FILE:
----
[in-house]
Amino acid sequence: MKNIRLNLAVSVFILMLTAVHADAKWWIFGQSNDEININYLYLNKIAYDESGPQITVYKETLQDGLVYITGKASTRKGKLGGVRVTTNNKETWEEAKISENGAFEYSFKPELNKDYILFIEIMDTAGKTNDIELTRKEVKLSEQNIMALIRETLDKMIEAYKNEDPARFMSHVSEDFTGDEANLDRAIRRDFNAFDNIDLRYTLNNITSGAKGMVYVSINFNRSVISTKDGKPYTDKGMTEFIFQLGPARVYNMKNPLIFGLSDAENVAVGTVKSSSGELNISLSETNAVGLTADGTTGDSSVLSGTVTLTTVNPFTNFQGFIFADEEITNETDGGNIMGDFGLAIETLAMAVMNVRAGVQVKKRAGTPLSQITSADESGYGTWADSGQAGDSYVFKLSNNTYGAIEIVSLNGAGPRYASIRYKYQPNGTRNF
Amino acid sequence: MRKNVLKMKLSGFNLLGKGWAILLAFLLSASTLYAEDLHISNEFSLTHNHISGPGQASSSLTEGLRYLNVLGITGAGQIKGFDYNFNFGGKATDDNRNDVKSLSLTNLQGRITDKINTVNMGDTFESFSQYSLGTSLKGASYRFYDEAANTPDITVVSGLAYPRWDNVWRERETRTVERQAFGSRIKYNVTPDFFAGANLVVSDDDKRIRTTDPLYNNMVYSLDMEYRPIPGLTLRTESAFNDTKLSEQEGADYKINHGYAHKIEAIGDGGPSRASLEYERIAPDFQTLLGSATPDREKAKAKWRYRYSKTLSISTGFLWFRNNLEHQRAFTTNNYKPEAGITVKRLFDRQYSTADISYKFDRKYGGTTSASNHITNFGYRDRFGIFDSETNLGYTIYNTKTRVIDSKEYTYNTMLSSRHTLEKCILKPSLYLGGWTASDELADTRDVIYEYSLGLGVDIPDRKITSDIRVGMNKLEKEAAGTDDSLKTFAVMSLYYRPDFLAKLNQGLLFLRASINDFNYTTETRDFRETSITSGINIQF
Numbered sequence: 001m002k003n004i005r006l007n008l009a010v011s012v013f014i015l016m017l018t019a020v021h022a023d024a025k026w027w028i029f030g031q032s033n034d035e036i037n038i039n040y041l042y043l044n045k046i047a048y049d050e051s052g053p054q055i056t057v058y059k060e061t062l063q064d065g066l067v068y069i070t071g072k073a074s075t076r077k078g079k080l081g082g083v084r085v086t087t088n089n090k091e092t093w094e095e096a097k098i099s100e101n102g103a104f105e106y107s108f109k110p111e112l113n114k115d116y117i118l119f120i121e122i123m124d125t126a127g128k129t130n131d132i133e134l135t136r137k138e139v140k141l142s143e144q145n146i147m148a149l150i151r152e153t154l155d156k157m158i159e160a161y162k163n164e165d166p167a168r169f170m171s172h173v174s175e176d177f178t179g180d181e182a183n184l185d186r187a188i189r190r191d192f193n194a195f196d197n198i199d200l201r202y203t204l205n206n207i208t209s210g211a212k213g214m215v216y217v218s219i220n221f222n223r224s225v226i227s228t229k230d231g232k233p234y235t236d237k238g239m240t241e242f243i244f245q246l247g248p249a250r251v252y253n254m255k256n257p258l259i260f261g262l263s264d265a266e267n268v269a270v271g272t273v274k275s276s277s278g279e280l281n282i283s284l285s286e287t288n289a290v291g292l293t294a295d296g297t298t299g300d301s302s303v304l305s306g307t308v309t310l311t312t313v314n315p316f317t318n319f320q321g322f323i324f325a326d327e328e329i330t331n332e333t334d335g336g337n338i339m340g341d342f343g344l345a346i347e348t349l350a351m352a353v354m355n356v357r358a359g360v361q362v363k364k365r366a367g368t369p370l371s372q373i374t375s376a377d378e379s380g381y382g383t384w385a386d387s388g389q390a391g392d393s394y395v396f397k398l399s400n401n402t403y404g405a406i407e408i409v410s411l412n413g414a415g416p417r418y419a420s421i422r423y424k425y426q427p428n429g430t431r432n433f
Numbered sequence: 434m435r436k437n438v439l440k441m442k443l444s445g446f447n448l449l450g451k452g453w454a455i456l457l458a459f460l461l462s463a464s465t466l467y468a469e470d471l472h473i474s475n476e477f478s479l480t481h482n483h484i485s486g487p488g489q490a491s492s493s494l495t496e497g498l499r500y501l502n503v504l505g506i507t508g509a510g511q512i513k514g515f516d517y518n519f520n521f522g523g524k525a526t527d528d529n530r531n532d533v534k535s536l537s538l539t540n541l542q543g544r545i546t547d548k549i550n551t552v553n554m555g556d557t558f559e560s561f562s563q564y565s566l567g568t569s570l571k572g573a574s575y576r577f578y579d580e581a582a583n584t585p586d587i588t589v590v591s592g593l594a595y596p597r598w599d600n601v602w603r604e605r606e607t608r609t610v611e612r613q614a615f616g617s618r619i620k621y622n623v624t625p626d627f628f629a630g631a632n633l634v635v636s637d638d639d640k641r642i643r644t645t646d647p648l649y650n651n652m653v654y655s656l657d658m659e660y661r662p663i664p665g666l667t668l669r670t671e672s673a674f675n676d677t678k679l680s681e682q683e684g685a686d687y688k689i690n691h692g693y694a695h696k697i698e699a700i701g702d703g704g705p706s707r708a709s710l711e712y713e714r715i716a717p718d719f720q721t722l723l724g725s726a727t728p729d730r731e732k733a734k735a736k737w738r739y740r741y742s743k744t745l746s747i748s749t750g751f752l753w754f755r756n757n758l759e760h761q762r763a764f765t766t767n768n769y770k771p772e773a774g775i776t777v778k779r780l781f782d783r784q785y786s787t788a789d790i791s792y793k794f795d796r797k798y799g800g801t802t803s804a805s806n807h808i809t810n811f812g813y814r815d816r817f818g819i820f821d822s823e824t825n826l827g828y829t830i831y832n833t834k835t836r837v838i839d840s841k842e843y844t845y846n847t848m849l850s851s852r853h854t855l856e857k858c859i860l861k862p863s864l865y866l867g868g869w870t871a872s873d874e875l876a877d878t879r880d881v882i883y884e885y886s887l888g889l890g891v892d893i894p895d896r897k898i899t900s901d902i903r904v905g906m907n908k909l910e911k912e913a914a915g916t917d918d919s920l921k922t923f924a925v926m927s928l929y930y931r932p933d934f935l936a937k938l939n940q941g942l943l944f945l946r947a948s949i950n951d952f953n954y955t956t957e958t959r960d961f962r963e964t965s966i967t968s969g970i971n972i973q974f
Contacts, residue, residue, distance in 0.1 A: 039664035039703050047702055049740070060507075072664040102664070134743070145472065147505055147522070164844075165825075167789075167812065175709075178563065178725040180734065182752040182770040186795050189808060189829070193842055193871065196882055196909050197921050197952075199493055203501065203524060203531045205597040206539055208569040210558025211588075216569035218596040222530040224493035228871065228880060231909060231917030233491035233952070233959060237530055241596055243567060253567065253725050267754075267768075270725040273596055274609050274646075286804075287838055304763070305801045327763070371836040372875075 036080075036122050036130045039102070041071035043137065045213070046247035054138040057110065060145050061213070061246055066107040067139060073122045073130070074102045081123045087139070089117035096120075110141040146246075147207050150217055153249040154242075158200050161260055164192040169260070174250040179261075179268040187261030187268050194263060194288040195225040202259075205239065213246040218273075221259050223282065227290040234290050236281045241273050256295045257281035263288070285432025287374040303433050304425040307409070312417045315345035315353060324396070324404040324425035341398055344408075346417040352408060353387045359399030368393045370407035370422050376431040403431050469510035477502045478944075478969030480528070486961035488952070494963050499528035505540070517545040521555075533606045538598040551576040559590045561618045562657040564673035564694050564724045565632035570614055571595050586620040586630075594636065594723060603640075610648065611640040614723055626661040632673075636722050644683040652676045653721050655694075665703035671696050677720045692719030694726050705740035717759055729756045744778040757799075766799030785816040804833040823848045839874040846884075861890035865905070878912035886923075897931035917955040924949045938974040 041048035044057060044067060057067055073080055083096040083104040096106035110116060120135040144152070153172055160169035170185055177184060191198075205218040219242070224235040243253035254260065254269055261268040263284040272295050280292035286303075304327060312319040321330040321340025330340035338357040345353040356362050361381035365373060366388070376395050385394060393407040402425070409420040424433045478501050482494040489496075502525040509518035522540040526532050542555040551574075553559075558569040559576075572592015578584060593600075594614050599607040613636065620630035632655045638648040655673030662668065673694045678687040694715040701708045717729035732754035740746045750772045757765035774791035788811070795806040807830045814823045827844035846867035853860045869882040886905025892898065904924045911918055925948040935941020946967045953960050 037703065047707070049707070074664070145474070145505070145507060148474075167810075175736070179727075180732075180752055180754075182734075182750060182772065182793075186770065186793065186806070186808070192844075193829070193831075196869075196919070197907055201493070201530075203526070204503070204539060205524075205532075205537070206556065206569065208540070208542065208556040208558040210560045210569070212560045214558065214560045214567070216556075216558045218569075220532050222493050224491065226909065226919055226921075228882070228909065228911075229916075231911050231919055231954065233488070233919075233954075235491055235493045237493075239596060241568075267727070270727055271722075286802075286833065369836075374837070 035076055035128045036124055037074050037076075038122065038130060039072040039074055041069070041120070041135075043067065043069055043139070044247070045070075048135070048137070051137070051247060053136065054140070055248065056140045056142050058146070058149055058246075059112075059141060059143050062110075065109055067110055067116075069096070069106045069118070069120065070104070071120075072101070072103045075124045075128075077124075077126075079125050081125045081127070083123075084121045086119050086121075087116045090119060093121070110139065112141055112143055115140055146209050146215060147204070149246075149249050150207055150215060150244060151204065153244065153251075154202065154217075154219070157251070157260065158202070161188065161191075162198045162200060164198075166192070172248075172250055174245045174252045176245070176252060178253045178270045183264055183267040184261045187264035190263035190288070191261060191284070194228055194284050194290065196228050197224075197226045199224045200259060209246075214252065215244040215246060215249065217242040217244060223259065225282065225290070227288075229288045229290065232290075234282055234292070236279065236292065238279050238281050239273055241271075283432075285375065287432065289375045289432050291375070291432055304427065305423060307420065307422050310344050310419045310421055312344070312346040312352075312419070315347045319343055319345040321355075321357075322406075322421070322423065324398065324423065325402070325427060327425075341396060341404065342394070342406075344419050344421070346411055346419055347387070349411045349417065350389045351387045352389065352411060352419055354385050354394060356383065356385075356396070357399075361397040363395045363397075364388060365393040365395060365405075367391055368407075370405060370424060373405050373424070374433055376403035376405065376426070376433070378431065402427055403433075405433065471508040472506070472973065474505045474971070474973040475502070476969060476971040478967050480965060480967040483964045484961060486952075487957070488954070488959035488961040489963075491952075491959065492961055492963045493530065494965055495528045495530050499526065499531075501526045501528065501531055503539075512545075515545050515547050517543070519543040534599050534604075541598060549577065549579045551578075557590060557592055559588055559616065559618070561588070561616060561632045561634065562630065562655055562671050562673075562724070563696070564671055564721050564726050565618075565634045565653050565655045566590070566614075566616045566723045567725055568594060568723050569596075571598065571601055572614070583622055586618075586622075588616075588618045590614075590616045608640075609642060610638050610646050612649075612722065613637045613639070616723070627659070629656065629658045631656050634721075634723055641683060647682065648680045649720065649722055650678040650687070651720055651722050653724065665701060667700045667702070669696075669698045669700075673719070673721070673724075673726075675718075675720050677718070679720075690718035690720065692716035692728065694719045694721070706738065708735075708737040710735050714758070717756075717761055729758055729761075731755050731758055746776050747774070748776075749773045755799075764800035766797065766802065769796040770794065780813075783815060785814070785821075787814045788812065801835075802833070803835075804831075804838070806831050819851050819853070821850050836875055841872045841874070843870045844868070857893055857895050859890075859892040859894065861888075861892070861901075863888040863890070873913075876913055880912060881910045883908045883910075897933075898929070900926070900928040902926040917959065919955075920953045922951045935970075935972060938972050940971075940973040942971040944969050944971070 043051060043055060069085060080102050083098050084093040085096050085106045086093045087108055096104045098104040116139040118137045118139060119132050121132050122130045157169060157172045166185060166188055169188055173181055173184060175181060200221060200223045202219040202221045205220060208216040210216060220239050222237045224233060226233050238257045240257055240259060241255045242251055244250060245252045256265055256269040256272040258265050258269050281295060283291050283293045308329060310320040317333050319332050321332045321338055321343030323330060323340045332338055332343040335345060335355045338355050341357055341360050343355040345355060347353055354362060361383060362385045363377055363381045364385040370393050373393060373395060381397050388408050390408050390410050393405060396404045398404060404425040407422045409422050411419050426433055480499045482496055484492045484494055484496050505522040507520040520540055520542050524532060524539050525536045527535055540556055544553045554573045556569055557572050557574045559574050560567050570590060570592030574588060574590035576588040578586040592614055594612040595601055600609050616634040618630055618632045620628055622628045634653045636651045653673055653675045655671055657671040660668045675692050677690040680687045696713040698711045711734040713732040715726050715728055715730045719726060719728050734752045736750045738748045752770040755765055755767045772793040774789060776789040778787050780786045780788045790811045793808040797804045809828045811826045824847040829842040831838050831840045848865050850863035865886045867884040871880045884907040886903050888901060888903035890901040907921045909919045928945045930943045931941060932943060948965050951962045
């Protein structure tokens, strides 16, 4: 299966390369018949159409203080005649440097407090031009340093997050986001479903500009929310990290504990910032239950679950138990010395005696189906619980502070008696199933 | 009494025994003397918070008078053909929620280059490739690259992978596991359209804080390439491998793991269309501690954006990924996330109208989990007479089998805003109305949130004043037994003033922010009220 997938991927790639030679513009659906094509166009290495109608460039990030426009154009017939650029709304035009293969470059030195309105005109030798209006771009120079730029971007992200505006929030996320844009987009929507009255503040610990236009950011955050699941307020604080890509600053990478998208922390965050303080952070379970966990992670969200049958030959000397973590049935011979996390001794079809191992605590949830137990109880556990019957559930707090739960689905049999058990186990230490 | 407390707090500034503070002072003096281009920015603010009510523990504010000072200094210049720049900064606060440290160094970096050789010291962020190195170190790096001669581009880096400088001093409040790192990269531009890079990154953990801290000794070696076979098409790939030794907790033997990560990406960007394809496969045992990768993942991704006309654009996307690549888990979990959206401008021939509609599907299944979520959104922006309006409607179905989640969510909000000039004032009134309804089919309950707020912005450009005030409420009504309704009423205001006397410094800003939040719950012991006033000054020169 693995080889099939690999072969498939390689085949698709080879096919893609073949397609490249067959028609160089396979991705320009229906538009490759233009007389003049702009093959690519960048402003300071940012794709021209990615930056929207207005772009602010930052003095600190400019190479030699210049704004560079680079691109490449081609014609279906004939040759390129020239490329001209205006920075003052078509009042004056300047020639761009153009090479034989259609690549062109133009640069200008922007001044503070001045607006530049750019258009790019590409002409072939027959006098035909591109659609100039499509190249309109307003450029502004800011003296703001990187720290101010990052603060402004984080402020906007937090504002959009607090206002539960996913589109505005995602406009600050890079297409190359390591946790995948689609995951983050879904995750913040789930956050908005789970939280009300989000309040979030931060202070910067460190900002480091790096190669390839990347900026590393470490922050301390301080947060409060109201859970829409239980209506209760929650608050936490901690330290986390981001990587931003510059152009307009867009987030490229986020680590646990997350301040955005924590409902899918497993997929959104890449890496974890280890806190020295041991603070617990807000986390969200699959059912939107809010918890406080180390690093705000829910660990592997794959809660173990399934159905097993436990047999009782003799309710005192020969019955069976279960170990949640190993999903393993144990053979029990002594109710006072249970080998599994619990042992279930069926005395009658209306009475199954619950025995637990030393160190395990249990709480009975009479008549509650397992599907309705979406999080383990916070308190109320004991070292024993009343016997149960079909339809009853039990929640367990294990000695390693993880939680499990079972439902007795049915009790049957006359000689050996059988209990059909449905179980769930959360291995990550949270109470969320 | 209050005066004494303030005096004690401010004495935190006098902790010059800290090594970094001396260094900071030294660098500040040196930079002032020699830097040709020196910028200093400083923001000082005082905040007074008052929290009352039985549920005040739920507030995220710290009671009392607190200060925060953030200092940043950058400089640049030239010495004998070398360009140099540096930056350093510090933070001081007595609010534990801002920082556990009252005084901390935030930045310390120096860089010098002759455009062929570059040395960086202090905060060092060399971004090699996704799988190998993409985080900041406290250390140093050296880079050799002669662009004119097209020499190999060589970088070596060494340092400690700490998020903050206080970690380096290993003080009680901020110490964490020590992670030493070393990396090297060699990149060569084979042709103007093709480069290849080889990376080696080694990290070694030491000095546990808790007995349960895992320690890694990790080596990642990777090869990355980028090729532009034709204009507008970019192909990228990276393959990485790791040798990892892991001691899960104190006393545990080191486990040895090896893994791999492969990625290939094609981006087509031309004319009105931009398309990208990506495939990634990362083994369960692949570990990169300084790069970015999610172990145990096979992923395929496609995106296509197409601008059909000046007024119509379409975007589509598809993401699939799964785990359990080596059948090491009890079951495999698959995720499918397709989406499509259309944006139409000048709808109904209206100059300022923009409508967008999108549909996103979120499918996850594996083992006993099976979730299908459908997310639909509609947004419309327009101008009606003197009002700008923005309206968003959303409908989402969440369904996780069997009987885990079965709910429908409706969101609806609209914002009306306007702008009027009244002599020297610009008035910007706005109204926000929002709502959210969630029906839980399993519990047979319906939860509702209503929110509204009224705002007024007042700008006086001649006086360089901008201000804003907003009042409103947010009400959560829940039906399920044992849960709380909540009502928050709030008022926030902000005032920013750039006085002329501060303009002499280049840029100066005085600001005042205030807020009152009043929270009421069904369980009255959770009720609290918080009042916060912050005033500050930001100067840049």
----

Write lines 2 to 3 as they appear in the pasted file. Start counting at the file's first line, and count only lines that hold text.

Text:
Amino acid sequence: MKNIRLNLAVSVFILMLTAVHADAKWWIFGQSNDEININYLYLNKIAYDESGPQITVYKETLQDGLVYITGKASTRKGKLGGVRVTTNNKETWEEAKISENGAFEYSFKPELNKDYILFIEIMDTAGKTNDIELTRKEVKLSEQNIMALIRETLDKMIEAYKNEDPARFMSHVSEDFTGDEANLDRAIRRDFNAFDNIDLRYTLNNITSGAKGMVYVSINFNRSVISTKDGKPYTDKGMTEFIFQLGPARVYNMKNPLIFGLSDAENVAVGTVKSSSGELNISLSETNAVGLTADGTTGDSSVLSGTVTLTTVNPFTNFQGFIFADEEITNETDGGNIMGDFGLAIETLAMAVMNVRAGVQVKKRAGTPLSQITSADESGYGTWADSGQAGDSYVFKLSNNTYGAIEIVSLNGAGPRYASIRYKYQPNGTRNF
Amino acid sequence: MRKNVLKMKLSGFNLLGKGWAILLAFLLSASTLYAEDLHISNEFSLTHNHISGPGQASSSLTEGLRYLNVLGITGAGQIKGFDYNFNFGGKATDDNRNDVKSLSLTNLQGRITDKINTVNMGDTFESFSQYSLGTSLKGASYRFYDEAANTPDITVVSGLAYPRWDNVWRERETRTVERQAFGSRIKYNVTPDFFAGANLVVSDDDKRIRTTDPLYNNMVYSLDMEYRPIPGLTLRTESAFNDTKLSEQEGADYKINHGYAHKIEAIGDGGPSRASLEYERIAPDFQTLLGSATPDREKAKAKWRYRYSKTLSISTGFLWFRNNLEHQRAFTTNNYKPEAGITVKRLFDRQYSTADISYKFDRKYGGTTSASNHITNFGYRDRFGIFDSETNLGYTIYNTKTRVIDSKEYTYNTMLSSRHTLEKCILKPSLYLGGWTASDELADTRDVIYEYSLGLGVDIPDRKITSDIRVGMNKLEKEAAGTDDSLKTFAVMSLYYRPDFLAKLNQGLLFLRASINDFNYTTETRDFRETSITSGINIQF